RESPONDENT:William G. Moore, Jr.
LOCATION:Board of Immigration Appeals
DOCKET NO.: 04-1495
DECIDED BY: Roberts Court (2006-2009)
LOWER COURT: United States Court of Appeals for the District of Columbia Circuit
CITATION: 547 US 250 (2006)
GRANTED: Jun 27, 2005
ARGUED: Jan 10, 2006
DECIDED: Apr 26, 2006
Edwin S. Kneedler – argued the cause for Petitioners
Patrick F. McCartan – argued the cause for Respondent
Facts of the case
William Moore sued six postal inspectors in federal court, alleging that they had brought criminal charges against him in retaliation for lobbying efforts he undertook on behalf of his company. The inspectors claimed that they had qualified immunity (that is, because they filed the charges in their official capacity on good faith, they could not be sued) and also that the case should be dismissed because they had probable cause to charge Moore. The district court sided with Moore, and the Court of Appeals for the District of Columbia agreed, finding that, even with probable cause, they must show that that the prosecution was not motivated by a desire for retaliation.
Are law enforcement agents liable for retaliatory prosecution in violation of a defendant’s First Amendment free speech rights when the prosecution was supported by probable cause?
Media for Hartman v. Moore
Audio Transcription for Opinion Announcement – April 26, 2006 in Hartman v. Moore
John G. Roberts, Jr.:
Justice Souter has the opinion in 04-1495, Hartman versus Moore.
David H. Souter:
This case comes to us on writ of certiorari to the United States Court of Appeals for the District of Columbia Circuit.
It is a Bivens action against criminal investigators, charging them with inducing a prosecution against the respondent Moore in retaliation for Moore’s lobbying efforts aimed at convincing the United States Postal Service to incorporate multiline optical scanning technology.
The question is whether Moore must show the absence of probable cause for pressing the underlying criminal charges.
We hold that, one, a prosecution must be alleged and proven as part of a claim of retaliatory prosecution.
In the 1980s, Moore ran a company making machines that could read multiple lines of text, and Moore was prominent among those who publicly campaigned against the Postal Service’s use of single line technology for mail sorting.
The leadership of the Postal Services allegedly asked Moore to back off on his lobbying efforts and threatened to stop doing business with his company if he persisted.
Eventually, the Postal Service begrudgingly embraced multiline technology but it awarded a lucrative contract for multiline equipment to one of Moore’s competitors.
Not only did Moore lose out on the contract, but he was soon entangled in two Postal Service criminal investigations, which led a federal prosecutor to seek and secure indictments against Moore, his company and the company’s vice-president.
In due course, the District Court found a complete lack of direct evidence connecting the defendants with any of the wrongdoing alleged and granted their motion for acquittal.
Moore then filed an action against the prosecutor and postal inspectors, arguing that they had engineered the prosecution in retaliation for his lobbying efforts.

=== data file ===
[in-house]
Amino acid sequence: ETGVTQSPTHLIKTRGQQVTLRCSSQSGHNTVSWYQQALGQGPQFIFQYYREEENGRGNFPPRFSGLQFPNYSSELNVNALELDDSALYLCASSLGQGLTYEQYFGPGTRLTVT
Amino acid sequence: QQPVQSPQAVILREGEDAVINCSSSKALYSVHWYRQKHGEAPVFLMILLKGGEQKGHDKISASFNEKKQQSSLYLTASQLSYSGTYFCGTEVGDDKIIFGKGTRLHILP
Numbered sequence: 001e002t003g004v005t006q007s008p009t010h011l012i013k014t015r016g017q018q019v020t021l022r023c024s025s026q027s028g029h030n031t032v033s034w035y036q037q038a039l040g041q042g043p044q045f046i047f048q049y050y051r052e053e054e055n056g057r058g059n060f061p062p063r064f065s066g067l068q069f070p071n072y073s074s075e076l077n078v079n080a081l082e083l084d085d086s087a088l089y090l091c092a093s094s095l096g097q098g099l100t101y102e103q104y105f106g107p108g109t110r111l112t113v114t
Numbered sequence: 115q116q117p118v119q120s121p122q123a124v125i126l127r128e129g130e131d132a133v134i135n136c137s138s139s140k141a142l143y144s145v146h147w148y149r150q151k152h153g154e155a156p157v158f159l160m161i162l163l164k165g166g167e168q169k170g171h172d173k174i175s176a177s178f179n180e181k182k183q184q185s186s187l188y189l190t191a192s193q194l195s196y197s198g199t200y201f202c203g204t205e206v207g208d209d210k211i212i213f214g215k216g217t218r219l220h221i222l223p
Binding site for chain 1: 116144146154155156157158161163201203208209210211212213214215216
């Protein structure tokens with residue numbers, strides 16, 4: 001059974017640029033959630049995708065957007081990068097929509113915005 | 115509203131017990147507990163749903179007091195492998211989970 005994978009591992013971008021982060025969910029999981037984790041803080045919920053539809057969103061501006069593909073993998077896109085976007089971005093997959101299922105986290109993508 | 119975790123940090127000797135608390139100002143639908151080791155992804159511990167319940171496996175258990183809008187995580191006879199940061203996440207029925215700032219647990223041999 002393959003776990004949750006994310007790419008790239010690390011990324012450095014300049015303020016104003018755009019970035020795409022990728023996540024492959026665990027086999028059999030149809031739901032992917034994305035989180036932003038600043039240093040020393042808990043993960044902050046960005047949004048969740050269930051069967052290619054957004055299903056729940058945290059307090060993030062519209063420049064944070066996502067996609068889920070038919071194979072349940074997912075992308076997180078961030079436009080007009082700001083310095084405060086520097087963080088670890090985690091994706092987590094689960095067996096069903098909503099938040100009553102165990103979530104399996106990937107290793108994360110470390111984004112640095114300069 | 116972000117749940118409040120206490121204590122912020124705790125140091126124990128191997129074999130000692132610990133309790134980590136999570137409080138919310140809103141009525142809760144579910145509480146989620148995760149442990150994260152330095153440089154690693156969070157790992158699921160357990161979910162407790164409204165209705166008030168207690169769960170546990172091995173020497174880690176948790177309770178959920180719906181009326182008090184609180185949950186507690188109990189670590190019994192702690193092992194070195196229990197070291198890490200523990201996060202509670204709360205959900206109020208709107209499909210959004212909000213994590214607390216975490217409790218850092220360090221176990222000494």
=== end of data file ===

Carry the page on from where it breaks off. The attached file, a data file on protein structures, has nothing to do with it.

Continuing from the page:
After the claims against the prosecutor were dismissed on absolute immunity grounds, the inspectors moved for summary judgment, arguing that they were entitled to qualified immunity from a retaliatory-prosecution suit, because the underlying criminal charges against Moore were supported by probable cause.
The District Court denied this motion, and the Court of Appeals affirmed.
In an opinion filed today with the Clerk of the Court, we reverse and remand.
We have held the First Amendment prohibits government officials from subjecting an individual to retaliatory actions, including criminal prosecutions, for speaking out.
In the ordinary retaliation case, evidence of motive on the part of a government official and injury suffered by the target of that official’s animus is sufficient for a circumstantial demonstration that the one caused the other.
But when the claimed retaliation is retaliatory prosecution, showing causation is more difficult, because the defendant in a retaliatory-prosecution case will not be the prosecutor who has absolute immunity, but some other official who allegedly induced the prosecutor to act.
Thus, the causal connection is not as it is in the ordinary case, the simple and direct link between the animus of one official and the injury that same official inflicts.
Rather, it is the more attenuated connection between the retaliatory motive of one official and the adverse action taken by another.
In this sort of case, proving a lack of probable cause for the criminal prosecution will tend to reinforce the retaliation evidence and show that retaliation was likely the but-for basis for instigating the prosecution.
On the other hand, establishing the existence of probable cause will suggest that the prosecution would have been pursued, even absent the retaliatory motive.
Accordingly, because evidence of an inspector’s animus does not necessarily show that he succeeded in inducing the prosecutor to act when he would not otherwise have pressed charges, and because of the longstanding presumption of regularity accorded prosecutorial decision-making, we hold that a showing of the absence of probable cause is required both to bridge the gap between the nonprosecuting government agent’s retaliatory motive and the prosecutor’s injurious action and to rebut the presumption of regularity.
Justice Ginsburg has filed a dissenting opinion, in which Justice Breyer joins; the Chief Justice and Justice Alito took no part in the consideration or decision of this case.